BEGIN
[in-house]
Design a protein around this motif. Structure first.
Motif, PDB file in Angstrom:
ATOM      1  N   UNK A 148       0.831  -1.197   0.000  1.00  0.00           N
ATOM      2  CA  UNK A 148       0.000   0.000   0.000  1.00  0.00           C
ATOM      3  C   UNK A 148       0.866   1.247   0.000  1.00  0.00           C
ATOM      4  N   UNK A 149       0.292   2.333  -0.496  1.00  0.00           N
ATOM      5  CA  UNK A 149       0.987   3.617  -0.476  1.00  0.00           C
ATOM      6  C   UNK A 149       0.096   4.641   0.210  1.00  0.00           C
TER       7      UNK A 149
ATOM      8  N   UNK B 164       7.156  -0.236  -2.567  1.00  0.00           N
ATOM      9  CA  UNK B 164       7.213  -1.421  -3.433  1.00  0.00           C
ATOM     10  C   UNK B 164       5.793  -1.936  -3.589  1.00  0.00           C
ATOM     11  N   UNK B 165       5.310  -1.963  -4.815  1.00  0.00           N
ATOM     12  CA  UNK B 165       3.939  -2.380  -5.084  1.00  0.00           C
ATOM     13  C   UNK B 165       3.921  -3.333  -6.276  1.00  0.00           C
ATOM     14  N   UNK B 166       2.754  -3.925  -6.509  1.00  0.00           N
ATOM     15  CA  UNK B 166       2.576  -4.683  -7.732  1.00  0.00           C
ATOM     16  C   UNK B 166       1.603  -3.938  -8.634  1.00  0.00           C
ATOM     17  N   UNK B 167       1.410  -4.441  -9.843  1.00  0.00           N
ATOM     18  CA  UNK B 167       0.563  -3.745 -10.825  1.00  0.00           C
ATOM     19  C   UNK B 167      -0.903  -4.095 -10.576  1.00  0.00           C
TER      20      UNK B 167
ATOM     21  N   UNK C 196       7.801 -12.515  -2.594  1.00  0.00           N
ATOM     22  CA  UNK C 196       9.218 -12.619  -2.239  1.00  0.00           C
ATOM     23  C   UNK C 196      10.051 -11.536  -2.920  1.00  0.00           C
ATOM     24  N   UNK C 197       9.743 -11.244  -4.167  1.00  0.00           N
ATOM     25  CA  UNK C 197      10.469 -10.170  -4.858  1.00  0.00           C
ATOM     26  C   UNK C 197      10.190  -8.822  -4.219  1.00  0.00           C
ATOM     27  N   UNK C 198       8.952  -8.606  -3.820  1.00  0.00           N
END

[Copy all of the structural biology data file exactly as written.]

[in-house]
Design a protein around this motif. Structure first.
Motif, PDB file in Angstrom:
ATOM      1  N   UNK A 148       0.831  -1.197   0.000  1.00  0.00           N
ATOM      2  CA  UNK A 148       0.000   0.000   0.000  1.00  0.00           C
ATOM      3  C   UNK A 148       0.866   1.247   0.000  1.00  0.00           C
ATOM      4  N   UNK A 149       0.292   2.333  -0.496  1.00  0.00           N
ATOM      5  CA  UNK A 149       0.987   3.617  -0.476  1.00  0.00           C
ATOM      6  C   UNK A 149       0.096   4.641   0.210  1.00  0.00           C
TER       7      UNK A 149
ATOM      8  N   UNK B 164       7.156  -0.236  -2.567  1.00  0.00           N
ATOM      9  CA  UNK B 164       7.213  -1.421  -3.433  1.00  0.00           C
ATOM     10  C   UNK B 164       5.793  -1.936  -3.589  1.00  0.00           C
ATOM     11  N   UNK B 165       5.310  -1.963  -4.815  1.00  0.00           N
ATOM     12  CA  UNK B 165       3.939  -2.380  -5.084  1.00  0.00           C
ATOM     13  C   UNK B 165       3.921  -3.333  -6.276  1.00  0.00           C
ATOM     14  N   UNK B 166       2.754  -3.925  -6.509  1.00  0.00           N
ATOM     15  CA  UNK B 166       2.576  -4.683  -7.732  1.00  0.00           C
ATOM     16  C   UNK B 166       1.603  -3.938  -8.634  1.00  0.00           C
ATOM     17  N   UNK B 167       1.410  -4.441  -9.843  1.00  0.00           N
ATOM     18  CA  UNK B 167       0.563  -3.745 -10.825  1.00  0.00           C
ATOM     19  C   UNK B 167      -0.903  -4.095 -10.576  1.00  0.00           C
TER      20      UNK B 167
ATOM     21  N   UNK C 196       7.801 -12.515  -2.594  1.00  0.00           N
ATOM     22  CA  UNK C 196       9.218 -12.619  -2.239  1.00  0.00           C
ATOM     23  C   UNK C 196      10.051 -11.536  -2.920  1.00  0.00           C
ATOM     24  N   UNK C 197       9.743 -11.244  -4.167  1.00  0.00           N
ATOM     25  CA  UNK C 197      10.469 -10.170  -4.858  1.00  0.00           C
ATOM     26  C   UNK C 197      10.190  -8.822  -4.219  1.00  0.00           C
ATOM     27  N   UNK C 198       8.952  -8.606  -3.820  1.00  0.00           N